Lessons-Studio


The big difference between the Suzuki method and the traditional methods is that parents are fully involved.

Lessons for my students

The big difference between the Suzuki method and the traditional methods is that parents are fully involved. Children are not left to “get on with it” on their own. This motivates the child enormously and the activity is shared with the whole family.


The nature of the lessons is therefore quite unique and they are structured as follows:

  • Parent and child observation sessions – see below
  • Prior to the childs first lesson there are parent training lessons lasting 30 minutes.
  • Child with a parent in attendance at the initial Suzuki book 1 stage are 30 minutes long, weekly.
  • Child with a parent in attendance at Suzuki book 2 stage are 45 minutes long, weekly.
  • Child with a parent in attendance at advance stages are 60 minutes long, weekly.
  • Group lessons with other children in the same age group are 45 minutes long, monthly.

 

The aim of the group lessons are to tackle music theory, but they are very relaxed and are meant to be fun. Activities will include:

  • a chance to perform for peers
  • theory games
  • Orff/Dalcroze activities (Rhythm, Movement, Singing)
  • Ear training
  • Theory instruction

It is vitally important that both Parents and child understand the commitment they are making before they start and so they are invited to observe at least 4 lessons of other children before committing to the lessons. Observing a lesson is free.

It is also very beneficial to observe lessons for others once the child’s own lessons have started and good practice is to observe at least 10 lessons per year.

A well maintained acoustic piano at home is essential for success. Electronic pianos and keyboards are fun and have their place, but they do not respond the same way musically and technically and will hamper the student’s progress. I am happy to advise families in purchasing a good piano.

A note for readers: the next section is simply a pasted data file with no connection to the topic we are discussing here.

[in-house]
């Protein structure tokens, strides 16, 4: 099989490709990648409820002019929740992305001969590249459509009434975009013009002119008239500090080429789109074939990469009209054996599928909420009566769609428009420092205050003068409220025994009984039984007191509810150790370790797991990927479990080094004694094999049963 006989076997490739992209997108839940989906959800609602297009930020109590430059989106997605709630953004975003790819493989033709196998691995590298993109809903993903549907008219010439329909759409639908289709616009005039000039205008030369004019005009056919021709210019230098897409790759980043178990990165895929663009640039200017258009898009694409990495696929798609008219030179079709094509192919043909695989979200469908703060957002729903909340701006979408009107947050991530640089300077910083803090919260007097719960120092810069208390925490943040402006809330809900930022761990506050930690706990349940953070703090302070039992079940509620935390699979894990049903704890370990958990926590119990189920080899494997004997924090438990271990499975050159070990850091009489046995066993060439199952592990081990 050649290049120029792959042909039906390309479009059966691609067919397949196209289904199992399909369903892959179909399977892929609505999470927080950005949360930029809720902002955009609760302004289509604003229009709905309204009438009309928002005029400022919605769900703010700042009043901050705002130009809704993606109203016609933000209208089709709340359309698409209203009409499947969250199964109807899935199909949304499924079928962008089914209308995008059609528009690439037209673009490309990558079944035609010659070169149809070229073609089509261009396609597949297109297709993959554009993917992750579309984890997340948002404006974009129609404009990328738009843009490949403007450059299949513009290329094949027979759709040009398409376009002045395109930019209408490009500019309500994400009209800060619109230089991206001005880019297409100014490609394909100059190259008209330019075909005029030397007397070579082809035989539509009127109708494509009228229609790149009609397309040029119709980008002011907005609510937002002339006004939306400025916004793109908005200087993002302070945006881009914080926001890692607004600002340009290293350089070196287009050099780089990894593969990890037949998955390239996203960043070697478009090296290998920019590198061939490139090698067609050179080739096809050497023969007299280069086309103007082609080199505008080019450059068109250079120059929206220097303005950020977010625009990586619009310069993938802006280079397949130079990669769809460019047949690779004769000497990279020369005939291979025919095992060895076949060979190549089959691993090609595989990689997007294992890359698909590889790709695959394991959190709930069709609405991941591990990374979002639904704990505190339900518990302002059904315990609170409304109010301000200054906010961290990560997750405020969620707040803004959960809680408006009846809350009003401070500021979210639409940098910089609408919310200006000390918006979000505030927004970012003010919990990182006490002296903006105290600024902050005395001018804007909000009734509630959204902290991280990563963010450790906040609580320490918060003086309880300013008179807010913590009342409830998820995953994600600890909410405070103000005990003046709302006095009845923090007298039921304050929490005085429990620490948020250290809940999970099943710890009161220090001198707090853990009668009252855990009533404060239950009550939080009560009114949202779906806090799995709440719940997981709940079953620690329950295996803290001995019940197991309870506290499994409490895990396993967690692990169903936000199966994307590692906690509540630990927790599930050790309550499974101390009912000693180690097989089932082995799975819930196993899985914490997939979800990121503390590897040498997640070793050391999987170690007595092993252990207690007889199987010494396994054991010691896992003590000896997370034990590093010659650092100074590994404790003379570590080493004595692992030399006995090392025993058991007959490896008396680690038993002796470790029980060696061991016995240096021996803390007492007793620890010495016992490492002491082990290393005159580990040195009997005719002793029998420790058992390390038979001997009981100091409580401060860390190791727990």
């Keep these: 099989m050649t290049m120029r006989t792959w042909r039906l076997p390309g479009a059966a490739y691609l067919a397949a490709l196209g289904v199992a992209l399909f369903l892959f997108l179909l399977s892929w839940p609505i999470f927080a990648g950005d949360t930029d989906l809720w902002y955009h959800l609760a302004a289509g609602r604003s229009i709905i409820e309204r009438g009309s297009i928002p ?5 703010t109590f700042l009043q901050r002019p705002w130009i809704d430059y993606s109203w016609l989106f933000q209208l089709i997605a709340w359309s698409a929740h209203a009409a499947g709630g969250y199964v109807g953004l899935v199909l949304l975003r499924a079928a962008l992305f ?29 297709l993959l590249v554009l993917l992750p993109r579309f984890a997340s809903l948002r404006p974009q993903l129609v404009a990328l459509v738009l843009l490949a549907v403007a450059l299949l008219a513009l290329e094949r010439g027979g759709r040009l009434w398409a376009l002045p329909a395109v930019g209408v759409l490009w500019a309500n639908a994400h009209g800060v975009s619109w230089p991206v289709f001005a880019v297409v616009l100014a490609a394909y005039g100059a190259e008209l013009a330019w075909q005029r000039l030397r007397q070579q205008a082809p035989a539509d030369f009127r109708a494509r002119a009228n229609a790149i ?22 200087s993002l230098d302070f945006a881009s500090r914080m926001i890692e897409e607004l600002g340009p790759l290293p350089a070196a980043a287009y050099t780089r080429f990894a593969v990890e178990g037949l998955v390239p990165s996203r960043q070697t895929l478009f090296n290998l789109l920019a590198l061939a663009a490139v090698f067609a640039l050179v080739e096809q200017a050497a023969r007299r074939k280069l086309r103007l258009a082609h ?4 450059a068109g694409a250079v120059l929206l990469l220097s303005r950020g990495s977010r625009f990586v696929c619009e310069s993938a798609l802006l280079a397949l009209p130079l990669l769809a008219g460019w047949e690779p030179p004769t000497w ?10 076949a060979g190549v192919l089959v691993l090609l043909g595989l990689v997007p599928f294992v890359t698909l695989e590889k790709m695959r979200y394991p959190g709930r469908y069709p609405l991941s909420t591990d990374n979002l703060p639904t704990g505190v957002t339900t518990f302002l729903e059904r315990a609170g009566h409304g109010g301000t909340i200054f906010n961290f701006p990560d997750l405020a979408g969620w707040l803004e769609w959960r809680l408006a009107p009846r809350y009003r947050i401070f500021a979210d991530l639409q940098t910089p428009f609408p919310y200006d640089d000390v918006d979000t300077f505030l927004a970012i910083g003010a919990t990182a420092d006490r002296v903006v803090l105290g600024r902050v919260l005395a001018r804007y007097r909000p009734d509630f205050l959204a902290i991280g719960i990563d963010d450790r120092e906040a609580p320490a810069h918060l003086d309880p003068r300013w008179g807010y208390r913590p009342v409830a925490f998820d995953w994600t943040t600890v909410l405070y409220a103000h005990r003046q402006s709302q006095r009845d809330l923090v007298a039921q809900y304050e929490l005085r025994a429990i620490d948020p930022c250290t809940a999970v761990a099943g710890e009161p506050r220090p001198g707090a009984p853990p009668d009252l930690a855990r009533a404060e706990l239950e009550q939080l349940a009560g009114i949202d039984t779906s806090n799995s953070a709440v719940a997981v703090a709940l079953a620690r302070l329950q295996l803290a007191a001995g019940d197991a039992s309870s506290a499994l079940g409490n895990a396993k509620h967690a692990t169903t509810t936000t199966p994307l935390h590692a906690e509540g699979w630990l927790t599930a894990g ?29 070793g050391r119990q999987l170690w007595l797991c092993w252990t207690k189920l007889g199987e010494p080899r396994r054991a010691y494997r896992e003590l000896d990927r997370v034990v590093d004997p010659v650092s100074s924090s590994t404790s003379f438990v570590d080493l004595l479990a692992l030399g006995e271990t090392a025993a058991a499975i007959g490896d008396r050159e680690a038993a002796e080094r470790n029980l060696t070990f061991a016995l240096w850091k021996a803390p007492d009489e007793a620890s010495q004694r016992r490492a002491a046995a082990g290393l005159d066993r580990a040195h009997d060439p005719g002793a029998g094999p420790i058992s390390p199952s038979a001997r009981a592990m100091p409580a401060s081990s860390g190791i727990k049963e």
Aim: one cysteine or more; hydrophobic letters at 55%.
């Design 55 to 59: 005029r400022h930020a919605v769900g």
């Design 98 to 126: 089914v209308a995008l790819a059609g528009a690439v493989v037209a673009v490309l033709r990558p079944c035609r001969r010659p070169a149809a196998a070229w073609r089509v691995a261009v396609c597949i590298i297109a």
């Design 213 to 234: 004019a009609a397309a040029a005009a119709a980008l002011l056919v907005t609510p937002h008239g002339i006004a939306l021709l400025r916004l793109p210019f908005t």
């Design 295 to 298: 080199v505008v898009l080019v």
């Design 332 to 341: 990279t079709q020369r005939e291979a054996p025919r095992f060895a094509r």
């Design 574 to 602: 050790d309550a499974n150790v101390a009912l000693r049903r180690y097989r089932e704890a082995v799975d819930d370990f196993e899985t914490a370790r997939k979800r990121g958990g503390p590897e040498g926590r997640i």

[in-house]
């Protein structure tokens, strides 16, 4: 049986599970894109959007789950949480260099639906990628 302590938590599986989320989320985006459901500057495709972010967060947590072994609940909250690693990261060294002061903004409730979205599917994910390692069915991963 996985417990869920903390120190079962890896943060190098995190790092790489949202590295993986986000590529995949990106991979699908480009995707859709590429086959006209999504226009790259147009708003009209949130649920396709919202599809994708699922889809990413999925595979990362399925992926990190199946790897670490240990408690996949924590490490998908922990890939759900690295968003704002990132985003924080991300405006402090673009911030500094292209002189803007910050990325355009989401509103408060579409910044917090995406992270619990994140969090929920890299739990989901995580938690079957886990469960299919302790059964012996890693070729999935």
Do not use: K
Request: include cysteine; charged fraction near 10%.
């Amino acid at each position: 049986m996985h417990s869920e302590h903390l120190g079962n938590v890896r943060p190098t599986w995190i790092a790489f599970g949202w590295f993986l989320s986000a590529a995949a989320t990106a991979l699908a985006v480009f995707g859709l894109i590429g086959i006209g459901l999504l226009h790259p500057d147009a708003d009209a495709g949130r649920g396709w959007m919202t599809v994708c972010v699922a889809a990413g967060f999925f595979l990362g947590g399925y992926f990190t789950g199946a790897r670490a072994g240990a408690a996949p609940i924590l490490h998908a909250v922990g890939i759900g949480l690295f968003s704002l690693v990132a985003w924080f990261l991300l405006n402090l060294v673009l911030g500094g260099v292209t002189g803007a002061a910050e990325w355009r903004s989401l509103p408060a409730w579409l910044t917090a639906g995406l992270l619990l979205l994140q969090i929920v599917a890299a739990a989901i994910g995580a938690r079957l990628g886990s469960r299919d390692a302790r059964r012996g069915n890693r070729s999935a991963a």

The following course materials are necessary:

    • Good CD player with good speakers.
    • An adjustable bench or chair to strategically position the body.
    • An adjustable foot stool to adequately support the body and adjusts for the growing child
    • A good CD player with good speakers.
    • Suzuki Piano School Book 1 and CD International Edition – Seizo Azuma (For Beginners)
    • Improve your Sight- Reading-Getting Started by Paul Harris
    • Suzuki Piano Book 2 and CD 2 and 3
    • Improve your Sight-Reading Book 1 by Paul Harris
    • Other books for advance students as necessary

My Piano Studio

 

Check out the Studios

 

I teach children aged from 3 years and upwards with the Suzuki method. Each child attends a weekly individual lesson and a monthly group lesson for five or six children of similar age and standard.

Every lesson covers aspects of technique, sight-reading, polishing a concert piece, working on a new piece, and developing musicianship with an old repertoire piece.

One or both parents of each child always attend lessons and will make written notes to enable them to practice effectively with their child.

Some lessons are observed by other parents or by families thinking of starting. This enables children and parents to learn through observation and to be comfortable playing in front of others.

Group lessons are arranged by children’s age and level and consist of theory games, musical exercises and ensemble playing which reinforce and develop concentration, their co-ordination, ear training, visual reading skills, performing skills and social skills.

The family and child are encouraged to listen extensively to recordings of the music they are learning as well as to other good classical music.

I arrange recital concerts on a regular basis, either in my teaching studio or in a concert hall and occasionally with other music teachers. These can sometimes end with an informal tea party in which we share food and refreshments.


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